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Here's how to get Google to hire YOU!

Last updated on: February 11, 2013 15:48 IST
Google employee Andrea Janus takes a picture with her phone as her co-worker Tracy McNeilly looks on at the new Google office in Toronto, November 13, 2012.

There's nothing special about Google that wouldn't apply to Microsoft, Amazon, Facebook, or another major tech company. There are really three parts to this answer: getting the right experience, creating a good resume, and submitting it the right way.

Getting the right experience

If you come from a good school / work for a well respected company, that'll help you a ton. But anyone can boost their resume with some projects.
Build some iPhone apps, web apps, whatever!

Honestly it doesn't matter that much what you're building as long as you're building something. Good languages include Java, Python, Ruby on Rails, C++, etc.

I would encourage you to stay away from .NET. Not because .NET isn't a perfectly good tool, but there's a stigma.

Doing these projects is especially important if you're, say, a programmer for CitiBank. You don't have the right 'pedigree'. But projects will help you a ton.

You can build a fairly meaty project in one weekend. This means that with about 3 to 4 weekends of work, you can make your resume go from so-so to fantastic.

Seriously -- I've seen lots of people do this.

Participate in hackathons, build a website or portfolio. Show your experience.


Here's how to get Google to hire YOU!

Last updated on: February 11, 2013 15:48 IST
An employee demonstrates the use of an exercise cycle, that powers a blender making a fruit smoothie, inside the employee gym at the new Google office in Toronto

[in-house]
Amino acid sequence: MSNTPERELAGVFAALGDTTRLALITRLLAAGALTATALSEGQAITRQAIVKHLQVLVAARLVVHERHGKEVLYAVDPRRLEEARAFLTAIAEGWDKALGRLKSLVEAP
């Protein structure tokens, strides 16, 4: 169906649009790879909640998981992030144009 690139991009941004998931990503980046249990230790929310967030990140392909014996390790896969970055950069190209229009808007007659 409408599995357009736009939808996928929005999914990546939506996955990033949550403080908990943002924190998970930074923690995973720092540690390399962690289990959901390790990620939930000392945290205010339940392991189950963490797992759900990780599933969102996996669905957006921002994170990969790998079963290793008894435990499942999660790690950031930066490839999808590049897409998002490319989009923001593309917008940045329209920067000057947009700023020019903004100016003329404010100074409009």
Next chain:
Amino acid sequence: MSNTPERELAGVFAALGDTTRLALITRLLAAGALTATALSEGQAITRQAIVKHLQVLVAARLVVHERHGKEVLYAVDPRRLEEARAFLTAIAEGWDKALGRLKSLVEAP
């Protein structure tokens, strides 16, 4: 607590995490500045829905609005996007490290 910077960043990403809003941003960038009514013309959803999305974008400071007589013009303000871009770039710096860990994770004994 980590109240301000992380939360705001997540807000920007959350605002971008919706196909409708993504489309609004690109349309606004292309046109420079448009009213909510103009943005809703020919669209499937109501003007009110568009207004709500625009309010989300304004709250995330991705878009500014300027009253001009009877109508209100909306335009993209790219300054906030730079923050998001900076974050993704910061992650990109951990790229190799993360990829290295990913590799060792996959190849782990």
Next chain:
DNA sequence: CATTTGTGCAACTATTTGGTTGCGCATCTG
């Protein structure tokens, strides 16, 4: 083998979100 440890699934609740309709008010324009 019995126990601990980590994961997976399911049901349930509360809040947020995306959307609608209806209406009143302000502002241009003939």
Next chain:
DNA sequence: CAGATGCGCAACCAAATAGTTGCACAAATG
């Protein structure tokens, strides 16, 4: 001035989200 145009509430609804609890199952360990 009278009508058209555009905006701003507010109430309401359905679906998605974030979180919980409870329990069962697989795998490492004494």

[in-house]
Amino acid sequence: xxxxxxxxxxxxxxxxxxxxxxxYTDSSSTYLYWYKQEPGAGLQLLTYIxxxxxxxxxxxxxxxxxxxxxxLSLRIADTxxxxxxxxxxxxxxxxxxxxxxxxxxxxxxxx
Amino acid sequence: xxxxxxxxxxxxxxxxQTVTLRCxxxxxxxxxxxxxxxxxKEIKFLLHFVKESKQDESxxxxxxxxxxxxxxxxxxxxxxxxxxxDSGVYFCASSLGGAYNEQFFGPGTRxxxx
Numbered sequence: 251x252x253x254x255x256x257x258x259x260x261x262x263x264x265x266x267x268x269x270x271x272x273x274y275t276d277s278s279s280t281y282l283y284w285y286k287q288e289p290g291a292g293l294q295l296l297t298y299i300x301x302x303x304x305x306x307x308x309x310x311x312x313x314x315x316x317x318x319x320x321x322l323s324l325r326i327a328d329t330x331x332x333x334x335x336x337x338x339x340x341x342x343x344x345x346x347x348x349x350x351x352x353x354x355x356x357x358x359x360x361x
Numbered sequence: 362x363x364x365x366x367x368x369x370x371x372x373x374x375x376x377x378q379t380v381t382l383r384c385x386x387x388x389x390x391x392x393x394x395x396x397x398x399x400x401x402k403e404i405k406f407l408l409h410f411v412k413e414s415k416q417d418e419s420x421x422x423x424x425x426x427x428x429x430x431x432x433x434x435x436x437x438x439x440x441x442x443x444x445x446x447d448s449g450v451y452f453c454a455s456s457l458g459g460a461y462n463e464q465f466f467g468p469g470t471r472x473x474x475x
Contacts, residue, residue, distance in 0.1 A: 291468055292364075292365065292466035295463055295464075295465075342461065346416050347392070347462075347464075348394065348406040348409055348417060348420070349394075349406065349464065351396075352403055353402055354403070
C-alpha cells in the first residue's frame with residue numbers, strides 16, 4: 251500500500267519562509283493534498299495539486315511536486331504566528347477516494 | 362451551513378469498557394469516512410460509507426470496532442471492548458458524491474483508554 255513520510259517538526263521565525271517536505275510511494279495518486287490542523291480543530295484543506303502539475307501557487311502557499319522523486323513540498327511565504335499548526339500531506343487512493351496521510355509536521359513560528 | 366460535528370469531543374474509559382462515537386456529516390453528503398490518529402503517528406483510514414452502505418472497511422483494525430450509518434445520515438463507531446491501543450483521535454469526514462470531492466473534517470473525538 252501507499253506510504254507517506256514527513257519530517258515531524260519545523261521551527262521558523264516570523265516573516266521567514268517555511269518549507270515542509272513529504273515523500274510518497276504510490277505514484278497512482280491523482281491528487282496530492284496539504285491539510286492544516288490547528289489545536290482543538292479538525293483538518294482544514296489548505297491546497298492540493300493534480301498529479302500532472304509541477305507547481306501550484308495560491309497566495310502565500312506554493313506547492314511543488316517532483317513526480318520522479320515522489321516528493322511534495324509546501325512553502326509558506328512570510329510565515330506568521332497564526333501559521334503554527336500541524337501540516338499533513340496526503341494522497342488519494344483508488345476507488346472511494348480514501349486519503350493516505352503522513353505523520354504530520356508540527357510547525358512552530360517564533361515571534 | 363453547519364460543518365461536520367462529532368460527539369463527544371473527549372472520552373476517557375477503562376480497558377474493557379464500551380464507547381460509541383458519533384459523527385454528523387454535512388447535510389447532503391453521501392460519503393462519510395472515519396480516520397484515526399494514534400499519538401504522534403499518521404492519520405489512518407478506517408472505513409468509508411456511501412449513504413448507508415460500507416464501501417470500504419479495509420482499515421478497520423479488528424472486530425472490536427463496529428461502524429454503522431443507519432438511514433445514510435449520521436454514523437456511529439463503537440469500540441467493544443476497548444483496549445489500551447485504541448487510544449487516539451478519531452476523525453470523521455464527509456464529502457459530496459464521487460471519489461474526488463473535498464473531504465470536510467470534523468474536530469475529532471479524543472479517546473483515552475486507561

Building a great resume

One page only. When you go onto two pages, you add weaker content to your resume, by definition. And when your resume is only read for about 15 seconds, it's the average content that matters, not the 'total amount of content'.

Use a real resume format. Don't create your own -- it tends to waste space and looks sloppy.

List your projects, hackathons, etc. Don't worry about whether or not something is 'resume-appropriate'. Does it make you look more impressive? Then include it.

Keep your bullets short -- 1 to 2 lines each. Bullets that are 3 or more lines look like paragraphs and won't be read.

Focus on accomplishments, not responsibilities. The first line of each bullet should be a word like built, created, implemented, designed, architected, optimised, etc.

Quantify your accomplishments. Did you optimise something? Okay, then tell me by how much.

No summaries. They don't tell me anything other than what position you're applying for and I already know that.

Here's how to get Google to hire YOU!

Last updated on: February 11, 2013 15:48 IST
A Google employee works in the kitchen beside a structure made of recycled bicycles at the new Google office in Toronto

Submitting your resume

Too many people stop with just one avenue. They apply once, and then figure that's enough. Try all available avenues.

If you're active on Github, Stack Overflow, etc, there's a chance a recruiter will come to you. But there's no reason to wait for that.

Apply online. It's tough, but people do get their resume selected that way.

Ask around to your friends. Does any work at Google? Or know someone who does? It's a huge help if someone will refer you.

Try reaching out to Google engineers on Twitter, Quora, or other social media. Remember that your first contact with them is, effectively, a cover letter. Don't just say 'Hi, I'm interested in Google, will you refer me?' Reach out to them and tell them about some of the things you've done, and then link them to your resume.

Again, this advice applies to all companies, and much of it to many positions as well